Bloomberg enlightened us on Friday that Amazon’s audiobook service continues to expand beyond the book world and into audio production and distribution.
Amazon.com Inc. is ramping up its investment in podcasts and other radio-style shows to expand the types of programming it offers via Audible, the audio book company it acquired in 2008.
Audible has recruited well-known comedians, along with radio and podcast producers for the initiative, and job postings suggest a significant global push. Maria Bamford and Jonathan Katz are taping episodes of “Bedtime Stories,” a show in which comedians rewrite fairy tales, according to their manager Bruce Smith.
Entertainment plays a crucial role in Amazon’s effort to push beyond its core business of selling books, laundry detergent and televisions online.
Our first clue that Amazon was looking into opportunities beyond audiobooks was in 2014, when Audible acquired Rooftop Media. Rooftop recorded comedians at clubs and distributes the video and audio to online retailers (like Audible).
That was Amazon’s first big step to doing more with audio than simply recording the recitation of books, and Amazon didn’t stop there. The retailer hired Eric Nuzum away from NPR in May 2015 to run Audible’s existing nascent original production platform, and he recruited a team of public radio talent to join him in the endeavor.
Together they oversee a program that produces original audio works. Where Netflix adapted Daredevil from the comic book and Hulu adapted Stephen King’s 11.22.63, Audible has works like an adaptation of the famous novel Les Liaisons Dangereuses which features the extracted letters from the book and a radio show quality production of the graphic novel Locke & Key starring award winning actors and authors.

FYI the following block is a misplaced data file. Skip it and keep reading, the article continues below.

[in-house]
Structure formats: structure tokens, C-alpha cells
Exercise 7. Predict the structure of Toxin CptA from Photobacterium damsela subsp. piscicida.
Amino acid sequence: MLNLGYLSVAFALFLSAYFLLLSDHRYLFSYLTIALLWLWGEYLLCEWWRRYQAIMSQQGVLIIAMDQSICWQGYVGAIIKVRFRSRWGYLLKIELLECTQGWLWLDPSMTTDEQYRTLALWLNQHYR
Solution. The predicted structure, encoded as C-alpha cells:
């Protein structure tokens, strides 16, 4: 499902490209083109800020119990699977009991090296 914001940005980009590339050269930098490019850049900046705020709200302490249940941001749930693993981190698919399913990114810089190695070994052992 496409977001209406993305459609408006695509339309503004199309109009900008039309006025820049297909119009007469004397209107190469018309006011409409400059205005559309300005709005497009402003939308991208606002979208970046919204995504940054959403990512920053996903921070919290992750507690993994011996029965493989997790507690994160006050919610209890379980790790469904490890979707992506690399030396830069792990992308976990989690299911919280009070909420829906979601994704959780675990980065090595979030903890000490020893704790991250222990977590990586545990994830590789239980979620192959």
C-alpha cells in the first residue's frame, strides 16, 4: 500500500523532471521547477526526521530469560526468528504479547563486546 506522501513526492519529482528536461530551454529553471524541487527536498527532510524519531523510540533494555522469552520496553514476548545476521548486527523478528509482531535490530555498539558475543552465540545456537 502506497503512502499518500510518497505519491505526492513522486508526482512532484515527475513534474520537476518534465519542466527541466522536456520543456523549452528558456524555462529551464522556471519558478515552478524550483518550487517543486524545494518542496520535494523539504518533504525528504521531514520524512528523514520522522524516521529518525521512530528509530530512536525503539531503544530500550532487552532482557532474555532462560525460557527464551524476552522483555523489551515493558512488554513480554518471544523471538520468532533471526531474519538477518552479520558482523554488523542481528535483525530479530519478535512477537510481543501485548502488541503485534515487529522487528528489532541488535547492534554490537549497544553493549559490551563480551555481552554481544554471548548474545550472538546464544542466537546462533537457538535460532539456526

Audible sees original production as the key to expanding its slaes. “Our original content is more like Netflix or Amazon for audio,” said Beth Anderson, the executive vice president of Audible, and its publisher. “We are hoping to expand our audience with people who might not be as interested in books, but in drama that we can capture on audio.”
Others in the industry have also noticed the new focus. “Amazon is doing to Audible what it’s done to Prime Video — investing in original programming,” said Nick Quah, an executive at the Graham Holdings Co.’s Panoply podcast network who also writes a newsletter about the industry. “Amazon is hiring a ton of really good producers and managers out of public radio to acquire podcasts and develop shows of their own.”
Time will tell whether original productions will prove successful, but it’s also worth remembering that the original works are only a fraction of the titles available. We shouldn’t overlook the fact that Audible also distributes recordings of live events, old radio productions, and interviews.
The original works may get all the buzz but odds are the other works generate the majority of Audible’s revenue. And that is the more important detail.
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